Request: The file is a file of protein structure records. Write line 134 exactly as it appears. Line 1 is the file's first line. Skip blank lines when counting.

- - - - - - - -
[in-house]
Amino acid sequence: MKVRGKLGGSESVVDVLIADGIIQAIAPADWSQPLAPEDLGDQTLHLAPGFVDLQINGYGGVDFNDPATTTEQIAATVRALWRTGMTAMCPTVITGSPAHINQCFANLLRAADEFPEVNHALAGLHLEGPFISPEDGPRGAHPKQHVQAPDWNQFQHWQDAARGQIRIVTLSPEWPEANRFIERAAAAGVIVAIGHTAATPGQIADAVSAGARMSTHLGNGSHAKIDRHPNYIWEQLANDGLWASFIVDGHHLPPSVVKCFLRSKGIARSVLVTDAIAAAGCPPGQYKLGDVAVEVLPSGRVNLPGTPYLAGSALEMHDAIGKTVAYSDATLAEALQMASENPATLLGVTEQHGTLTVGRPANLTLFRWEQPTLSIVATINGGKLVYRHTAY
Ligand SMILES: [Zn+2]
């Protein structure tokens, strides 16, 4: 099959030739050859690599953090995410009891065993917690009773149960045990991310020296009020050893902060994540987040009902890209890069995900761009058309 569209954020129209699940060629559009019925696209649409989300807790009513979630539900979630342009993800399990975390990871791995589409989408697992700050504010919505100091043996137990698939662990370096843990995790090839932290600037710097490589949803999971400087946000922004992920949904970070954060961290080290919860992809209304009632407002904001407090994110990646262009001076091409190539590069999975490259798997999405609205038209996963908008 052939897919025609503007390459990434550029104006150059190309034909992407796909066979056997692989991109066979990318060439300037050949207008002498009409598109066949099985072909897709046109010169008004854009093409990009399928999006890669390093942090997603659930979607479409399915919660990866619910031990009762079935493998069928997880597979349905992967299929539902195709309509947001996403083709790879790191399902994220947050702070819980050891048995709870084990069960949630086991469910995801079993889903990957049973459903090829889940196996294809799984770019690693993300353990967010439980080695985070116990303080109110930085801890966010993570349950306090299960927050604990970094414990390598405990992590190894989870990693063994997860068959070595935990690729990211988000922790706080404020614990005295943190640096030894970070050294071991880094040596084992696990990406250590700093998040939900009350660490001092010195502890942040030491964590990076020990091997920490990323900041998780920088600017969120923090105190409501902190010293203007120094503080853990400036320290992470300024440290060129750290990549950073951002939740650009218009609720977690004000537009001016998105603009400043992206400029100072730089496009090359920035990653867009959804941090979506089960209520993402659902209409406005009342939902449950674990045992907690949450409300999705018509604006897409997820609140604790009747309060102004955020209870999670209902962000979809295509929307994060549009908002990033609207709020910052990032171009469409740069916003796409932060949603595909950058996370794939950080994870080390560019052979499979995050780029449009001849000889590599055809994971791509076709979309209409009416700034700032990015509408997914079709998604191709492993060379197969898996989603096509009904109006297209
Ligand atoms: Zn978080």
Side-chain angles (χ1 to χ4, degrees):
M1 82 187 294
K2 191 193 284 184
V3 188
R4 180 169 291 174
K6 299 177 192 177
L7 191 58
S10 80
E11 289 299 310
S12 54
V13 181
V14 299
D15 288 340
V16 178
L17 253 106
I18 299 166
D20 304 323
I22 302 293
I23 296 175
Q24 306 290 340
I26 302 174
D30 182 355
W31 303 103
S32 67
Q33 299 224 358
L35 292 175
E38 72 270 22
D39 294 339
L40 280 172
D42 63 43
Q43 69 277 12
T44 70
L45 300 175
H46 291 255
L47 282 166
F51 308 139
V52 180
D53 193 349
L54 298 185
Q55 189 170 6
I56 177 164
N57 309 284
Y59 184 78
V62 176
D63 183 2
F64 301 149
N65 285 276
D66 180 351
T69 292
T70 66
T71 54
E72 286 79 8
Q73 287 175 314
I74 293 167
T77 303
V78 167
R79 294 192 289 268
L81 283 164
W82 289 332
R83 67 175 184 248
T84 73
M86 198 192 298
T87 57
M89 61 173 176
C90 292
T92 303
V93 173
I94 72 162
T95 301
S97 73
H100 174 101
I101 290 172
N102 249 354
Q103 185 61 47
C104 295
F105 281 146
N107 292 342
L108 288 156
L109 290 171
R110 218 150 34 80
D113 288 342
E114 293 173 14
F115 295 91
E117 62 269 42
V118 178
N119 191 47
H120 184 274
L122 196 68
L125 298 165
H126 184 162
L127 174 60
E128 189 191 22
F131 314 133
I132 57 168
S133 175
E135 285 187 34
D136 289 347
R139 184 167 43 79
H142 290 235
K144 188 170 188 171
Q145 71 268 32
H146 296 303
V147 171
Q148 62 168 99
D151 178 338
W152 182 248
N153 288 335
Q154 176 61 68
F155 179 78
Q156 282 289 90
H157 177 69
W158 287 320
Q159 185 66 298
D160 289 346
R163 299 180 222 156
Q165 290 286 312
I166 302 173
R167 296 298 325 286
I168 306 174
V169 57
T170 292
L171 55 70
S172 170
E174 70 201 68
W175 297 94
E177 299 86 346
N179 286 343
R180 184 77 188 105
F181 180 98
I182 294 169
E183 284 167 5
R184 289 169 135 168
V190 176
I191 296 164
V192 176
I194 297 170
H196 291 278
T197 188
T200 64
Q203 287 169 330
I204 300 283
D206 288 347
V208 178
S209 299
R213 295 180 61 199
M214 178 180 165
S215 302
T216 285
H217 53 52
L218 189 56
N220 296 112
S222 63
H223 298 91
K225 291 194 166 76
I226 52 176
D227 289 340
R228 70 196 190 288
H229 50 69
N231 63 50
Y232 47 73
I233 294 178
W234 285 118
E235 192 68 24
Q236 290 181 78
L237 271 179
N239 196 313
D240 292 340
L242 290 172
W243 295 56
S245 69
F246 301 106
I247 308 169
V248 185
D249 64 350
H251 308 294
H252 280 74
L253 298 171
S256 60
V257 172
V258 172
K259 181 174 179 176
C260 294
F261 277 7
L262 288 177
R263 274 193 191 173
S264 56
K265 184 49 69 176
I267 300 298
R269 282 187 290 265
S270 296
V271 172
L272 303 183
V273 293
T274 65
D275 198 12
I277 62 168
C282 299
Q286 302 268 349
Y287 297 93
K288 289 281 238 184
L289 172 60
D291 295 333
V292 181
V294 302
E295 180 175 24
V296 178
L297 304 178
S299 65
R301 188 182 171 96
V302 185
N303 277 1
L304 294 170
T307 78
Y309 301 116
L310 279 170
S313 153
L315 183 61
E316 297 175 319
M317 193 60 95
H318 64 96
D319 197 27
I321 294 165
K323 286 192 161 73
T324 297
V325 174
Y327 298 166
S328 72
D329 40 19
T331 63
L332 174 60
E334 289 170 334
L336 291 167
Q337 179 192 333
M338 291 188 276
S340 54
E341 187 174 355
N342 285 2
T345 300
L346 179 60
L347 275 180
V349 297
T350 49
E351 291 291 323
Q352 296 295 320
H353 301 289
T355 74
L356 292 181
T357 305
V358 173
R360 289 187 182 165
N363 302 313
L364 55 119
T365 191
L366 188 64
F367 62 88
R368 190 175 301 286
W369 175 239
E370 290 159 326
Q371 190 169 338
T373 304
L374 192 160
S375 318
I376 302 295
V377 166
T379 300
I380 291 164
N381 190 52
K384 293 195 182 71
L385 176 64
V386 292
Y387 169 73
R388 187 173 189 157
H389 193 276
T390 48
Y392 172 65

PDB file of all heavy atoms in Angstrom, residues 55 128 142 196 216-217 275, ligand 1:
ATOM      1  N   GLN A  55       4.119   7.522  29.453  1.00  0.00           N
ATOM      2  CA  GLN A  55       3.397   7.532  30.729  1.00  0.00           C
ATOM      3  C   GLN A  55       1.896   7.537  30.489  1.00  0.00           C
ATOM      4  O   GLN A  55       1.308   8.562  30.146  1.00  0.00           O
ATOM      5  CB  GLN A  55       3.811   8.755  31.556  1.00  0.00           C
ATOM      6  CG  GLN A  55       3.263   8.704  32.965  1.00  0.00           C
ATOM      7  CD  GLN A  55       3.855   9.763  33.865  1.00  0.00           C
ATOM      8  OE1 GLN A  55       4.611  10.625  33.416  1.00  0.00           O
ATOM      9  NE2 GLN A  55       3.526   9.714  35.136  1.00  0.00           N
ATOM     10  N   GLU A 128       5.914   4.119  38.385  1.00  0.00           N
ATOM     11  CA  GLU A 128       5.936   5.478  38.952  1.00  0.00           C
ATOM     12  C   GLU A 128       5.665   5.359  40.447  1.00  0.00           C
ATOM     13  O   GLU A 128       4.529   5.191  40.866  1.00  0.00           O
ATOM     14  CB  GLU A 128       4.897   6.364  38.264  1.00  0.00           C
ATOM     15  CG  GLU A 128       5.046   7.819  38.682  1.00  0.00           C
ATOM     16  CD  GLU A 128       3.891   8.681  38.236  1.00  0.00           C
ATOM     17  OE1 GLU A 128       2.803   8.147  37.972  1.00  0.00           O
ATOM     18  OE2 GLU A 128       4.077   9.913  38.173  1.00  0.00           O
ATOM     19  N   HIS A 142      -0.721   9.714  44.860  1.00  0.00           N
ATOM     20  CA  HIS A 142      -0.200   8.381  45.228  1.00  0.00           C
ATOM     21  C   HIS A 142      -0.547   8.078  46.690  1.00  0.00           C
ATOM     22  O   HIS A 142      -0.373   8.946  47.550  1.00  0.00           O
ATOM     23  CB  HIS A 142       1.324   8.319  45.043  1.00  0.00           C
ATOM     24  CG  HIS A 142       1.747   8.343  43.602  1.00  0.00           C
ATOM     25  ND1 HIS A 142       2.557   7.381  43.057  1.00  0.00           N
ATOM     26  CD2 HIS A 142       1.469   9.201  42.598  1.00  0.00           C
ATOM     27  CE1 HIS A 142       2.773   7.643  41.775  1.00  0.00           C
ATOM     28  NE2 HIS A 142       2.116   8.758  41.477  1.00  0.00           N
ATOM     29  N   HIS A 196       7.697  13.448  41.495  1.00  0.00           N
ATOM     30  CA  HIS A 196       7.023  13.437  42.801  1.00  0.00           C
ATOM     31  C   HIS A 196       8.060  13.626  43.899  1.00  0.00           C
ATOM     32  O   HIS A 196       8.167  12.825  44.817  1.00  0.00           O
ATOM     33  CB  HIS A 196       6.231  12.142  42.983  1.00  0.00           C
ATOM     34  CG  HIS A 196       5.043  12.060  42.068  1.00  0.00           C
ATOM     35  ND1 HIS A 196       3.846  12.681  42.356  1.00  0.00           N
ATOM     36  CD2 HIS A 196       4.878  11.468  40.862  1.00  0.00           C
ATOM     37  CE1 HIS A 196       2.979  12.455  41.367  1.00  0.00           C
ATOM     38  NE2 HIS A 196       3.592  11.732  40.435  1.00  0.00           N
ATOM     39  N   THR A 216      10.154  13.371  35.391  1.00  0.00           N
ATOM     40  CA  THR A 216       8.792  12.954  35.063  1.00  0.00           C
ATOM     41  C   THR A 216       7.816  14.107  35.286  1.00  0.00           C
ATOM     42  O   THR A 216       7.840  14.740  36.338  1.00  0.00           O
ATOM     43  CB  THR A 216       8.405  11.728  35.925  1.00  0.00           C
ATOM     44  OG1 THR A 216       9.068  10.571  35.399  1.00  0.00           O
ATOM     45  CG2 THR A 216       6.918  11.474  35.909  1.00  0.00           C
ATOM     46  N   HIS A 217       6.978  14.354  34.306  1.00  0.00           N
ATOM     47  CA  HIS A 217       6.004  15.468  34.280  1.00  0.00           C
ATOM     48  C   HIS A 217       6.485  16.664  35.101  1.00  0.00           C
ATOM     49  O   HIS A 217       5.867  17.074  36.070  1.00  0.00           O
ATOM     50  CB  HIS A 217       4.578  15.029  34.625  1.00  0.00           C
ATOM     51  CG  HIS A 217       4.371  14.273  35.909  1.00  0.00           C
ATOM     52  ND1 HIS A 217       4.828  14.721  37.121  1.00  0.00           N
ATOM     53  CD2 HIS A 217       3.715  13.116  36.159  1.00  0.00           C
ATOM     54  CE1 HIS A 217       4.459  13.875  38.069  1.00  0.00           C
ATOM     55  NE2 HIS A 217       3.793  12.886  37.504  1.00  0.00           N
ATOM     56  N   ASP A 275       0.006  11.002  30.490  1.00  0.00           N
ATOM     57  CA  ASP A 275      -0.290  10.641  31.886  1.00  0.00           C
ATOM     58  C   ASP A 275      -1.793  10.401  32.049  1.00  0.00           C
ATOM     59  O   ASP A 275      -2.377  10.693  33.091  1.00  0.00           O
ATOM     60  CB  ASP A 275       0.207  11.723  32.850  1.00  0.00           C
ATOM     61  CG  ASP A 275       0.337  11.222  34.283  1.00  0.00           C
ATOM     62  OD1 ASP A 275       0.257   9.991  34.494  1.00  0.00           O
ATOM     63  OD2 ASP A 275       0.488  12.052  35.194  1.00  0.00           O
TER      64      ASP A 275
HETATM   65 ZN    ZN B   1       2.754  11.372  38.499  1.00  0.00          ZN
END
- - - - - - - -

F181 180 98